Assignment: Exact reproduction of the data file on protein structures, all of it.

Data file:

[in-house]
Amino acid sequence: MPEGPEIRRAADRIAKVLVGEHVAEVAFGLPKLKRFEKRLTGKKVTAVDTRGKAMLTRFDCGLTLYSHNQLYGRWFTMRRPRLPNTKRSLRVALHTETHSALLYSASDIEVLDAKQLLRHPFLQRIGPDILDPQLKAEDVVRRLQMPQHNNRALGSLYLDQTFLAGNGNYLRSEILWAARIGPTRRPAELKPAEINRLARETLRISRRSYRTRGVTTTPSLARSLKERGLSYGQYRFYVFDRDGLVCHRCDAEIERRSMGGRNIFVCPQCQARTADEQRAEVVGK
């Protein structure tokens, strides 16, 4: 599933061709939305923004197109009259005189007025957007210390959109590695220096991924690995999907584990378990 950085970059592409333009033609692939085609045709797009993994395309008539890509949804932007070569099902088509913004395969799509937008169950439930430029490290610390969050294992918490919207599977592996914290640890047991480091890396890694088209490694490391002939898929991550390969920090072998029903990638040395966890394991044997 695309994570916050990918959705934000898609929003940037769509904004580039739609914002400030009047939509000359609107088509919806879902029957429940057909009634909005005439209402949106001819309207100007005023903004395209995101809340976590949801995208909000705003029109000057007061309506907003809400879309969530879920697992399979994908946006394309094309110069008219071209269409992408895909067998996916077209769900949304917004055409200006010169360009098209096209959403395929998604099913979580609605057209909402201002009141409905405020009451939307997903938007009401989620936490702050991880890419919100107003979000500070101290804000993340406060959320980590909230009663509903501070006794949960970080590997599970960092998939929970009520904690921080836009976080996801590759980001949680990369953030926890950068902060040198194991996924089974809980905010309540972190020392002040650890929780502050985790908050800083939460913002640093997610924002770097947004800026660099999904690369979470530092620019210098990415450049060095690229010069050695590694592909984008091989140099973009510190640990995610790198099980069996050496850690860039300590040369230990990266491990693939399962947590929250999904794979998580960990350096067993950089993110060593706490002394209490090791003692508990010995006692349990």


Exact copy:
[in-house]
Amino acid sequence: MPEGPEIRRAADRIAKVLVGEHVAEVAFGLPKLKRFEKRLTGKKVTAVDTRGKAMLTRFDCGLTLYSHNQLYGRWFTMRRPRLPNTKRSLRVALHTETHSALLYSASDIEVLDAKQLLRHPFLQRIGPDILDPQLKAEDVVRRLQMPQHNNRALGSLYLDQTFLAGNGNYLRSEILWAARIGPTRRPAELKPAEINRLARETLRISRRSYRTRGVTTTPSLARSLKERGLSYGQYRFYVFDRDGLVCHRCDAEIERRSMGGRNIFVCPQCQARTADEQRAEVVGK
């Protein structure tokens, strides 16, 4: 599933061709939305923004197109009259005189007025957007210390959109590695220096991924690995999907584990378990 950085970059592409333009033609692939085609045709797009993994395309008539890509949804932007070569099902088509913004395969799509937008169950439930430029490290610390969050294992918490919207599977592996914290640890047991480091890396890694088209490694490391002939898929991550390969920090072998029903990638040395966890394991044997 695309994570916050990918959705934000898609929003940037769509904004580039739609914002400030009047939509000359609107088509919806879902029957429940057909009634909005005439209402949106001819309207100007005023903004395209995101809340976590949801995208909000705003029109000057007061309506907003809400879309969530879920697992399979994908946006394309094309110069008219071209269409992408895909067998996916077209769900949304917004055409200006010169360009098209096209959403395929998604099913979580609605057209909402201002009141409905405020009451939307997903938007009401989620936490702050991880890419919100107003979000500070101290804000993340406060959320980590909230009663509903501070006794949960970080590997599970960092998939929970009520904690921080836009976080996801590759980001949680990369953030926890950068902060040198194991996924089974809980905010309540972190020392002040650890929780502050985790908050800083939460913002640093997610924002770097947004800026660099999904690369979470530092620019210098990415450049060095690229010069050695590694592909984008091989140099973009510190640990995610790198099980069996050496850690860039300590040369230990990266491990693939399962947590929250999904794979998580960990350096067993950089993110060593706490002394209490090791003692508990010995006692349990």